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Profile | Arlene Gottfried: Bacalaitos & Fireworks

A celebration of Nuyorican culture as it came up on the streets of New York City in the 1970s and '80s.

Miss Rosenby Miss Rosen
Photo: Summer Afternoon

Arlene Gottfried is a New York original. Hailing from Brooklyn, Ms. Gottfried moved from Coney Island to Crown Heights when she was just ten years old, living in the area during the 1960s, as white flight and Civil Rights changed the face of the neighborhood. In the 1970s, Gottfried lived in the Village while studying photography at F.I.T. After her father had died, the family moved to the Lower East Side. Back then, it was a Puerto Rican neighborhood, rich in traditions native to the island, which, when combined with local influence, produced its very own style: Nuyorican.

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Nuyorican is rhythms, horns, strings, and winds—or it is simply spoken word filling the air. Best exemplified by Miguel Piñero’s Nuyorican Poet’s Café, it is a state of mind in the place to be. Nuyorican is a street vendor selling fried codfish fritters and fireworks on July 4, announcing his wares as he made his way up and down the street shouting: “Bacalaitos y Fireworks!”

Puerto Rican Day Parade

Puerto Rican Day Parade

With her first camera in hand, Gottfried began photographing her neighbors and friends for a series of photographs that celebrate Nuyorican culture with warmth, wisdom, and compassion. First collected together as a monograph published by powerHouse Books in 2011, a selection of the work is on view in Arlene Gottfried: Bacalaitos & Fireworks at Daniel Cooney Fine Art, New York, now through April 16, 2016.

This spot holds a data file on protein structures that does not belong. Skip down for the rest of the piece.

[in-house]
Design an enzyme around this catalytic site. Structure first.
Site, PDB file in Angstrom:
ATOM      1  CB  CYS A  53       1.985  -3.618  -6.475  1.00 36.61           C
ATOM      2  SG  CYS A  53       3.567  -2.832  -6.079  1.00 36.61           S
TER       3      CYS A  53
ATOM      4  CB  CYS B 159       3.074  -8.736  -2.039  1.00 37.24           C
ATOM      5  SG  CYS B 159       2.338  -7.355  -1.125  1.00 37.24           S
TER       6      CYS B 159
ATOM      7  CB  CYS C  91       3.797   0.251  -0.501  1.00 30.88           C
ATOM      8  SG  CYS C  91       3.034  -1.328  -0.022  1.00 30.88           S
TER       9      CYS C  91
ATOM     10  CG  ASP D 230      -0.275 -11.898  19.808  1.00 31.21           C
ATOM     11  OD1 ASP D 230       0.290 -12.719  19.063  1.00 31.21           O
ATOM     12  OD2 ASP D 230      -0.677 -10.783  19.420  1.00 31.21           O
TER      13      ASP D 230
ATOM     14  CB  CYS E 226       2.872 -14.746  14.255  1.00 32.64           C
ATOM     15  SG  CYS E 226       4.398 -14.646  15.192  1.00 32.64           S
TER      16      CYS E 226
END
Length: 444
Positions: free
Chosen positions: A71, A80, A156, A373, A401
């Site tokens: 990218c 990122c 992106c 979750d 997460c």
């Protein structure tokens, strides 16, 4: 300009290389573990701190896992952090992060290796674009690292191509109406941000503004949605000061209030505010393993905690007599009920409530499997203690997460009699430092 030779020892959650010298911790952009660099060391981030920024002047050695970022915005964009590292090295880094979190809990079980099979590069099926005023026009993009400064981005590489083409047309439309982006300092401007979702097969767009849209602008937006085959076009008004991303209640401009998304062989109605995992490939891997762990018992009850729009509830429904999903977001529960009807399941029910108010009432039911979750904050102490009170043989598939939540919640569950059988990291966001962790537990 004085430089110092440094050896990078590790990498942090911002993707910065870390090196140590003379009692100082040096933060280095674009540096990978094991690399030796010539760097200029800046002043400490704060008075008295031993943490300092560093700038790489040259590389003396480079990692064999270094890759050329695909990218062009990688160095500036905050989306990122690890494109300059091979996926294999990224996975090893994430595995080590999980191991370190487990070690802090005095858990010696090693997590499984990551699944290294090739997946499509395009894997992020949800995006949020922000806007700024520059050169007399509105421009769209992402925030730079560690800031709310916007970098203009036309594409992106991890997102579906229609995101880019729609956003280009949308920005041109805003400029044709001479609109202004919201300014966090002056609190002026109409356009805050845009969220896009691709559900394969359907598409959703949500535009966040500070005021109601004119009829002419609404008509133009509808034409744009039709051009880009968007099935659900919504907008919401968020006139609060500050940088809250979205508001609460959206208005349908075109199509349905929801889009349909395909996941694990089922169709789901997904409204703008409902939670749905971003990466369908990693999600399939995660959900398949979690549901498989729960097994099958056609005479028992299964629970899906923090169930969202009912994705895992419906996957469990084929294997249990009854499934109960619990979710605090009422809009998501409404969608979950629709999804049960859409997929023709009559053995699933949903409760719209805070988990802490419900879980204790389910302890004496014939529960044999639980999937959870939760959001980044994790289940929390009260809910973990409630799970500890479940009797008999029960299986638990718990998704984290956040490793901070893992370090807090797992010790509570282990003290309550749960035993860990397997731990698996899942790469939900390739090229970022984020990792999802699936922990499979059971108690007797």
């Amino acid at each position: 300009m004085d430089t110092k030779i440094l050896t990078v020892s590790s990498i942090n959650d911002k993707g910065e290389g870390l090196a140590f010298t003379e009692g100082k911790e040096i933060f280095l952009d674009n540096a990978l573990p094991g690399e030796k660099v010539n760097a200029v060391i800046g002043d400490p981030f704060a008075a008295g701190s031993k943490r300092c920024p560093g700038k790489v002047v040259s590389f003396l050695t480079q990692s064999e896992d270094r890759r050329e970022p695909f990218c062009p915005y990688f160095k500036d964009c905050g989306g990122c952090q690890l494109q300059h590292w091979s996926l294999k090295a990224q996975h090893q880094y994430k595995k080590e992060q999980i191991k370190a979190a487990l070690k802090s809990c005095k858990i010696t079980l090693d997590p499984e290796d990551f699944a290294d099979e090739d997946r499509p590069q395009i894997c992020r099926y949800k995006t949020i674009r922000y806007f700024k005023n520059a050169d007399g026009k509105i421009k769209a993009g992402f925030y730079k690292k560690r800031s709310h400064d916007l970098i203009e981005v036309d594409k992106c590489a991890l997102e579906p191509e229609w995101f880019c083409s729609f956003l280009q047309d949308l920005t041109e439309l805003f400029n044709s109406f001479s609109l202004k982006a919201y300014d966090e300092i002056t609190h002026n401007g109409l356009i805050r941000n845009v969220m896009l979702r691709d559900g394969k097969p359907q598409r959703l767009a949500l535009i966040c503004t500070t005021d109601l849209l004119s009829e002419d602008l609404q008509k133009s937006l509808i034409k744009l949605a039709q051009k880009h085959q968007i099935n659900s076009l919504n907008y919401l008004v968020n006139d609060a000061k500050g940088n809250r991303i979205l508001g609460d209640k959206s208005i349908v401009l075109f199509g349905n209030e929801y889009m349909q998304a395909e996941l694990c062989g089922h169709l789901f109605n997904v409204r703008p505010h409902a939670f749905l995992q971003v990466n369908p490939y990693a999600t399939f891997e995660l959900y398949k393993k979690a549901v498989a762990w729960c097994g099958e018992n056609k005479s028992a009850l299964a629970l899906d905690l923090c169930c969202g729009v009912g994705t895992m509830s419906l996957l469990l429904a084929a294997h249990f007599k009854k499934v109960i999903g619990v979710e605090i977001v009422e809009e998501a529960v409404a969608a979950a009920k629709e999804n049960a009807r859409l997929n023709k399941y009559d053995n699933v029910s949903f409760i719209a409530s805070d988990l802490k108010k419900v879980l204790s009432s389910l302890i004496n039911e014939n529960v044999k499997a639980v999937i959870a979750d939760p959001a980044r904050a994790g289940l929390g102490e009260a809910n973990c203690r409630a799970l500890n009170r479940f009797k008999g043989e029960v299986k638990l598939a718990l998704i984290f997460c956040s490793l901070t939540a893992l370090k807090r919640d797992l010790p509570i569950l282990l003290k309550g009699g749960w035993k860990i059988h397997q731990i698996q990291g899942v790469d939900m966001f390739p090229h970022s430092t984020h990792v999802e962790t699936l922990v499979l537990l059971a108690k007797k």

The exhibition features approximately 30 photographs made in Brooklyn, the Lower East Side, and Spanish Harlem, revealing Gottfried’s intimately felt a connection to her subjects. Drawn to the bold and the beautiful, Gottfried possesses an exquisite sensitivity for the soul and can tap into the ethereal nature of the people in her world. It is in this way that we often feel the deeper undercurrents of life, the tragedies that accompany triumph. As a portraitist, Gottfried is unparalleled in her ability to present to us the endlessly compelling spectacle of the enigmatic properties of personality that lie deep within the flesh.

El Cotorito

El Cotorito

She remembers, “I used to just go with the flow. What I was drawn to was so varied, but the crumbling buildings were part of it. My mother lived on Avenue A and Fourth Street with my sister and brother. I used to go around the neighborhood to see what was going on. It was about the people: where they were and what they were doing. I loved the atmosphere, the great music, and food. We used to eat fried chicken over on Third Street and Avenue B. They were selling short joints in bags on a broken stoop and we’d eat that at night—and that was more fun than going to a fancy restaurant.”

Gottfried was a local, and as such, she lived the life to the fullest, the camera present at so many moments that reveal the casual grandeur and drama of daily life. In a Gottfried photograph, there is a sense of being in the mix and in the know, always welcomed by those you encounter on your way to and fro. And this is because of who Arlene Gottfried is: a force of nature with an archive to prove it. Let’s call her the quiet storm. After thirty years, she is receiving her due.



Bacalaitos & Fireworks is Gottfried’s second show at the gallery; her first show, Sometimes Overwhelming, sold out in 2014. As the decades pass, Gottfried’s photographs taken on increasing importance, becoming artifacts of a passing age. The New York City of an Arlene Gottfried has all but faded away, leaving behind a resonant trail of Kodakchrome red in its wake.

Photographs ©Arlene Gottfried, courtesy of Daniel Cooney Fine Art.

Miss Rosen is a New York-based writer, curator, and brand strategist. There is nothing she adores so much as photography and books. A small part of her wishes she had a proper library, like in the game of Clue. Then she could blaze and write soliloquies to her in and out of print loves.